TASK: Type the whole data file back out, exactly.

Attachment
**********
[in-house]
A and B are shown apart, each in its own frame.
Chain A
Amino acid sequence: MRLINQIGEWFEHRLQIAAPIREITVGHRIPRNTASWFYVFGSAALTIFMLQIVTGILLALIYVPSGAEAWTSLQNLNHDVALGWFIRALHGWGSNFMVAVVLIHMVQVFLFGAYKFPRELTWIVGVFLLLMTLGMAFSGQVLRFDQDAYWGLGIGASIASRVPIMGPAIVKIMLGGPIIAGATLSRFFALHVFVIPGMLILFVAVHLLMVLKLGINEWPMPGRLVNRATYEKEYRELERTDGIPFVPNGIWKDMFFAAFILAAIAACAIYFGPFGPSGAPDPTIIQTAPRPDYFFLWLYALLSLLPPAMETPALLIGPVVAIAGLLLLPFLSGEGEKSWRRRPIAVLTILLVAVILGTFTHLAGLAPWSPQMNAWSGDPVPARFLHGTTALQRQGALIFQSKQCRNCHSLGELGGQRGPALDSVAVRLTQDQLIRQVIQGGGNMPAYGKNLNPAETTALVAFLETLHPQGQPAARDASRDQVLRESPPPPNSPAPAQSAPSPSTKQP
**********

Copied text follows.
[in-house]
A and B are shown apart, each in its own frame.
Chain A
Amino acid sequence: MRLINQIGEWFEHRLQIAAPIREITVGHRIPRNTASWFYVFGSAALTIFMLQIVTGILLALIYVPSGAEAWTSLQNLNHDVALGWFIRALHGWGSNFMVAVVLIHMVQVFLFGAYKFPRELTWIVGVFLLLMTLGMAFSGQVLRFDQDAYWGLGIGASIASRVPIMGPAIVKIMLGGPIIAGATLSRFFALHVFVIPGMLILFVAVHLLMVLKLGINEWPMPGRLVNRATYEKEYRELERTDGIPFVPNGIWKDMFFAAFILAAIAACAIYFGPFGPSGAPDPTIIQTAPRPDYFFLWLYALLSLLPPAMETPALLIGPVVAIAGLLLLPFLSGEGEKSWRRRPIAVLTILLVAVILGTFTHLAGLAPWSPQMNAWSGDPVPARFLHGTTALQRQGALIFQSKQCRNCHSLGELGGQRGPALDSVAVRLTQDQLIRQVIQGGGNMPAYGKNLNPAETTALVAFLETLHPQGQPAARDASRDQVLRESPPPPNSPAPAQSAPSPSTKQP